With the newest Windows update, Windows 11 – Microsoft now makes it mandatory to enable Secure Boot and TPM 2.0 for installation. Without the above requirements, your hardware will be reported as incompatible. In today’s article, we will provide detailed instructions on how to do so.
Microsoft’s latest Windows update, Windows 11, is planned to be released in late 2021 for free to all Windows 10 users. If you are not purchasing a new computer with Windows 11 already installed, you might have to check if your PC fulfills the conditions to run the newest OS. Whether your computer is a powerful gaming PC or a modern workstation, you will still need to abide by the following to be able to conduct the update.
To run Windows 11, Microsoft has listed the following options as required: TPM 2.0, Secure Boot, and UEFI mode. These are supported on most modern motherboards, but Secure Boot and TPM are often automatically disabled by manufacturers. You can now check whether your PC fits the requirements to run Windows 11 with a new tool created by Microsoft. The tool will deem your computer as ineligible to run Windows 11 if Trusted Platform Module and Secure Boot are disabled, even with the newest hardware installed.
How to enable Secure Boot and TPM 2.0 to install Windows 11
Disclaimer: We are unable to provide detailed instructions for all BIOS/UEFI versions in this post. Motherboards are equipped with different BIOS versions, UI, layouts, and capabilities across different vendors. Thus, we will provide general terminology and general guidelines on how to enable Secure Boot and TMP 2.0.
You will first need to enter BIOS in Windows 10, following the instructions below:
Step 1: Find “Settings” in the Start Menu or press Win + I.
Step 2: Select “Update and Security” -> “Recovery.
Step 3: Proceed to the “Advanced Startup” menu and click on “Restart now”.
Step 4: A blue “Choose an option” screen will pop up. Click on “Troubleshoot” -> “Advanced Options”.
Step 5: Select “UEFI Firmware Settings” -> “Restart”.
You can use the above steps for all modern computers with UEFI. Windows 11 cannot be installed on computers that don’t support UEFI. You also need to ensure that BIOS is operating in UEFI mode and CSM Mode is disabled.
Check whether your PC already has TPM 2.0 and Secure Boot enabled
As mentioned above, Microsoft now provides a built-in system information tool that allows you to check whether your PC has TPM 2.0 and Secure Boot enabled, without having to enter UEFI/BIOS. You can access the tool as below:
Step 1: Search for “Run” in the search box in the Start Menu, or press Win + R. Type “msinfo32” to open System Information.
Step 2: A new window will pop up with details regarding your system. Here, select “System Summary”.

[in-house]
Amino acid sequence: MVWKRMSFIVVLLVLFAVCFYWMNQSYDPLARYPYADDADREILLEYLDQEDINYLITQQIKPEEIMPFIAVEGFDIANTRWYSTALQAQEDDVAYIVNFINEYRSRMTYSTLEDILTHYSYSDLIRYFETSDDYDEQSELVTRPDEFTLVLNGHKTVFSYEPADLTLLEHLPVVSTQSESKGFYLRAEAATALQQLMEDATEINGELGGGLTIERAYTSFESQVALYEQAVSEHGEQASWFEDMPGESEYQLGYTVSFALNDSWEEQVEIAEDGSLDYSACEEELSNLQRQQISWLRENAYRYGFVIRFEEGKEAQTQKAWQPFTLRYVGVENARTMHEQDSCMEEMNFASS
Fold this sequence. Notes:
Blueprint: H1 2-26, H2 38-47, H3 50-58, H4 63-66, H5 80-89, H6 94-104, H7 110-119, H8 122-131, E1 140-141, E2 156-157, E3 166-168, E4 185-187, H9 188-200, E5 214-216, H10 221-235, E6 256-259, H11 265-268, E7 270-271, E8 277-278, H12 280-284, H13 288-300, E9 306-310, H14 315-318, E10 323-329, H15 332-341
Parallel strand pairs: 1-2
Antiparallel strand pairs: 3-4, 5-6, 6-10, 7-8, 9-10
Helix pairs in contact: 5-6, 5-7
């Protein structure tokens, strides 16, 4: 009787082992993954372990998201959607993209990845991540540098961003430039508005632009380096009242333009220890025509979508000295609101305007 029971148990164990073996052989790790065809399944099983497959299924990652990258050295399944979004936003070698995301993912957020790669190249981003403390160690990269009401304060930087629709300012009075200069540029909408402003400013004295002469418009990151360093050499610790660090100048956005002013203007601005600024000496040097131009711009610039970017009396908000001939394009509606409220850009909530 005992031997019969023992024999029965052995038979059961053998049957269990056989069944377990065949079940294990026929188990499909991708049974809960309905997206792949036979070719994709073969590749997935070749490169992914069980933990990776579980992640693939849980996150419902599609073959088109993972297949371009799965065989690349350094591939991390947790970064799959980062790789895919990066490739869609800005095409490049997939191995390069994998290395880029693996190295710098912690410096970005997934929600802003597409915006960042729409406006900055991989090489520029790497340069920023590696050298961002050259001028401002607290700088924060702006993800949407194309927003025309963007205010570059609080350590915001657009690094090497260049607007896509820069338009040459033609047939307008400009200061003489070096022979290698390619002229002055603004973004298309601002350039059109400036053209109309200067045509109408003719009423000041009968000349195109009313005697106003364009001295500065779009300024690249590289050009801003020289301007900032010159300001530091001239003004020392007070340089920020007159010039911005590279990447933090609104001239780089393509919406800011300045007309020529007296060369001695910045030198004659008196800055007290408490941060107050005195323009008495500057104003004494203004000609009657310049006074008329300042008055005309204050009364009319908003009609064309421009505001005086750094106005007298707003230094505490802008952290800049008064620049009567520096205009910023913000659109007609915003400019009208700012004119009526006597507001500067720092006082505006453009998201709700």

Step 3: Search for “Secure Boot State” among the list of Items, and check that its status is “On”.
Step 4: Click on the plus sign next to “Hardware Resources” to expand, then select “Memory”.
Step 5. Among the list that has been opened, find “Trusted Platform Module 2.0”. Ensure that its status is “OK”.
An alternative way of doing this is checking on “Device Manager”, which can be searched for in the search box on the Start bar. If enabled, Trusted Platform Module 2.0 will be listed under “Security Devices”.
Enable Secure Boot to Install Windows 11
For both Intel and AMD-based PCS, the steps to enable Secure Boot is mostly similar:
Step 1: Find a boot settings manager (eg. boot priority, CSM Mode, boot override, etc.)
Step 2: Search for a “Boot” section or “Boot Settings”, and “Secure Boot” under it. The “Boot” section can often be easily found in the BIOS’s main menu, as it is one of the most popular settings.
Step 3: Enable “Secure Boot” and set “System” mode to “User”. On some PCs, There there will not be an explicit on/off button for Secure Boot on some PCs – in this case, look for an OS Type toggle.
Step 4: Set “OS Type” to “Windows UEFI Mode”.
Step 5: Restart your computer.
We will go into more details for instructions regarding Intel and AMD-based PCs separately below.
Enable TPM 2.0 on an Intel-based PC
On an Intel-based computer, you will need to find “Intel PTT” to enable TPM 2.0. You might have to look for it in the “Advanced” section or other lists of additional options as it is not a popular setting (you can also try “Security”).
Tip: For most modern computers, two UEFI modes are offered: simplified and advanced /pro. You would want to enable the “advanced” mode to gain access to all the features and settings.
In the example we have used above, “Intel PTT” is under “PCH-FW Configuration”. If you are unable to locate the option for “Intel PTT TMP 2.0”, refer to the user manual for your motherboard or use the search tool in BIOS/ UEFC.
Enable TPM 2.0 on an AMD-based PC
The procedure for AMD-based PCs is essentially the same. Find the option for “AMD fTPM”, which in the example below can be located in “Trusted Computing” under “Security”. After you have located the “AMD fTPM option”, select “Security Device Support – Enable” and “AMD fTPM – AMD CPU fTPM”.
Following all the above instructions, you will now have fulfilled the requirements to update your OS to Windows 11 later this year. We hope this had been this article will be helpful, please and leave your comments below if you have any further questions or suggestions!